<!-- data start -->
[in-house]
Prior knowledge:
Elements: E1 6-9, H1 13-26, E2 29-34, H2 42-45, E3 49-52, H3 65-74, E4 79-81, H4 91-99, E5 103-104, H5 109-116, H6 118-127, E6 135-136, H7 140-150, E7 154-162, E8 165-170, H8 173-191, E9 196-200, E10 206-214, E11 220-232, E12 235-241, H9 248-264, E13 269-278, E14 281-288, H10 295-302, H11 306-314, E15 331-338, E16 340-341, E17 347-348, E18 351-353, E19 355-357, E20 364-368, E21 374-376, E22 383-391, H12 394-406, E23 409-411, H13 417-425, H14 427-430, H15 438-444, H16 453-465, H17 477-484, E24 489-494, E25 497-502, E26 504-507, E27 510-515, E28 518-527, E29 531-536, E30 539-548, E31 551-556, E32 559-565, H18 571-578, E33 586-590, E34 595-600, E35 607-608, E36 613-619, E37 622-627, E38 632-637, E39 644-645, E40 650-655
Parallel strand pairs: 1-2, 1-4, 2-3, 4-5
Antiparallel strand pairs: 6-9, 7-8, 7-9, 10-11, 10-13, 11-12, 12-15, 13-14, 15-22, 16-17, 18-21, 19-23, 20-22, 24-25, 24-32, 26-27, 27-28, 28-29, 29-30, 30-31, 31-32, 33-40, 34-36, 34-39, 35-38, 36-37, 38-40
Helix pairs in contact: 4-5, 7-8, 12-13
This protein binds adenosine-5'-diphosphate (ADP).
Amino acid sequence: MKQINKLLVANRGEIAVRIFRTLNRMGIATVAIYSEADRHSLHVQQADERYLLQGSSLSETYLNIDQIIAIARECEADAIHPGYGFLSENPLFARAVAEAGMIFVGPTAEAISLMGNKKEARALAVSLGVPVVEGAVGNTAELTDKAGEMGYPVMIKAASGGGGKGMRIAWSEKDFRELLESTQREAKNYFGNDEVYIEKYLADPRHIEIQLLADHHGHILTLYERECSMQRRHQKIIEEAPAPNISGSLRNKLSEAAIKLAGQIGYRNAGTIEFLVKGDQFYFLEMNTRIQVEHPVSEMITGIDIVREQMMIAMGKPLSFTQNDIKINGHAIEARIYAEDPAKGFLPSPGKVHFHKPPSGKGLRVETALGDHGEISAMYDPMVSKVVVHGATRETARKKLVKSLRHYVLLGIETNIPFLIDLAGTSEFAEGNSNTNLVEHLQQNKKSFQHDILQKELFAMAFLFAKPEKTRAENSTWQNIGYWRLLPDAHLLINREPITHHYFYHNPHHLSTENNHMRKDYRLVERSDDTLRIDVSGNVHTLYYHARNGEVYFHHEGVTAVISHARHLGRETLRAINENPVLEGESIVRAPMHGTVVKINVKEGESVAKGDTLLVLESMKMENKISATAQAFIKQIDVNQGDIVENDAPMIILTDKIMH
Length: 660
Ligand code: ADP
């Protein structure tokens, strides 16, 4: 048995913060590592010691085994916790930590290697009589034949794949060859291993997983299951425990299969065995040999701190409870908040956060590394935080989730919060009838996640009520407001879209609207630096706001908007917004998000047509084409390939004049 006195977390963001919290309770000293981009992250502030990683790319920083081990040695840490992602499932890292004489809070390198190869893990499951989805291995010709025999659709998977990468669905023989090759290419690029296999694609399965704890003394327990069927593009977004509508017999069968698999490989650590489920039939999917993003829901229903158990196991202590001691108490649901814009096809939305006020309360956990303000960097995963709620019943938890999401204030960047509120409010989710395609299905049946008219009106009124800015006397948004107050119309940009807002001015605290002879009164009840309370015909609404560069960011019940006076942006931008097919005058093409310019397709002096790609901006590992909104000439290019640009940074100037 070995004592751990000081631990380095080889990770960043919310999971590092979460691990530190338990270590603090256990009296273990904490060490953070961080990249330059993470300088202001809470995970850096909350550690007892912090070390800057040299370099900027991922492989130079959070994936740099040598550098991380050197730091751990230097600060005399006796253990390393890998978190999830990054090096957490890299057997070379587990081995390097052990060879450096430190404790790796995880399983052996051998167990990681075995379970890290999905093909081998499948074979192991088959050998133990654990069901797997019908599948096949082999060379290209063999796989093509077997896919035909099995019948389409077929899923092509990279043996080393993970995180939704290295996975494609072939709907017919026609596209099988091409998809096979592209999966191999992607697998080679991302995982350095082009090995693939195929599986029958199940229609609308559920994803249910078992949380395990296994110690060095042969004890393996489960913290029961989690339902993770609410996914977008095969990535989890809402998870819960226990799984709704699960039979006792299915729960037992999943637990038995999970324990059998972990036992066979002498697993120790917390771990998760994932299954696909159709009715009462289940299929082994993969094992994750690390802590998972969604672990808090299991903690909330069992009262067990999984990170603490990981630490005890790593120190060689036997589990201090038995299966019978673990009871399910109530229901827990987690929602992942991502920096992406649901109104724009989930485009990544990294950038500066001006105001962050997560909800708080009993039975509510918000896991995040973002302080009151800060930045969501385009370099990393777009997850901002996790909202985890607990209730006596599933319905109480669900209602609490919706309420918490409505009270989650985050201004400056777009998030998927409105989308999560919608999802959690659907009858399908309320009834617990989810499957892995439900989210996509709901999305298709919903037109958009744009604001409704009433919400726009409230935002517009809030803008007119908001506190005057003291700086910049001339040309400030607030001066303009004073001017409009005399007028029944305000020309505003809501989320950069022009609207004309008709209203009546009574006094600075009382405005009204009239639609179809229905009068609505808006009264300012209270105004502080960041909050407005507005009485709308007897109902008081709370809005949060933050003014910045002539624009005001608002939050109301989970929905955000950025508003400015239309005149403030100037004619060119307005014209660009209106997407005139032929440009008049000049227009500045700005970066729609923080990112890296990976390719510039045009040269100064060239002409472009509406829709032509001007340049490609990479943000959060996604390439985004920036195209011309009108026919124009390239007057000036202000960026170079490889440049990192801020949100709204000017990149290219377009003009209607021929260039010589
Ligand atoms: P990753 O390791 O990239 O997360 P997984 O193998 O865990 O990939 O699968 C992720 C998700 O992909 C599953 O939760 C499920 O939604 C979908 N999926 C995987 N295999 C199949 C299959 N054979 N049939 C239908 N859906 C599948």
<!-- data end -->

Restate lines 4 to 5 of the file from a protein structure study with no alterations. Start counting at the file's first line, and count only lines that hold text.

Parallel strand pairs: 1-2, 1-4, 2-3, 4-5
Antiparallel strand pairs: 6-9, 7-8, 7-9, 10-11, 10-13, 11-12, 12-15, 13-14, 15-22, 16-17, 18-21, 19-23, 20-22, 24-25, 24-32, 26-27, 27-28, 28-29, 29-30, 30-31, 31-32, 33-40, 34-36, 34-39, 35-38, 36-37, 38-40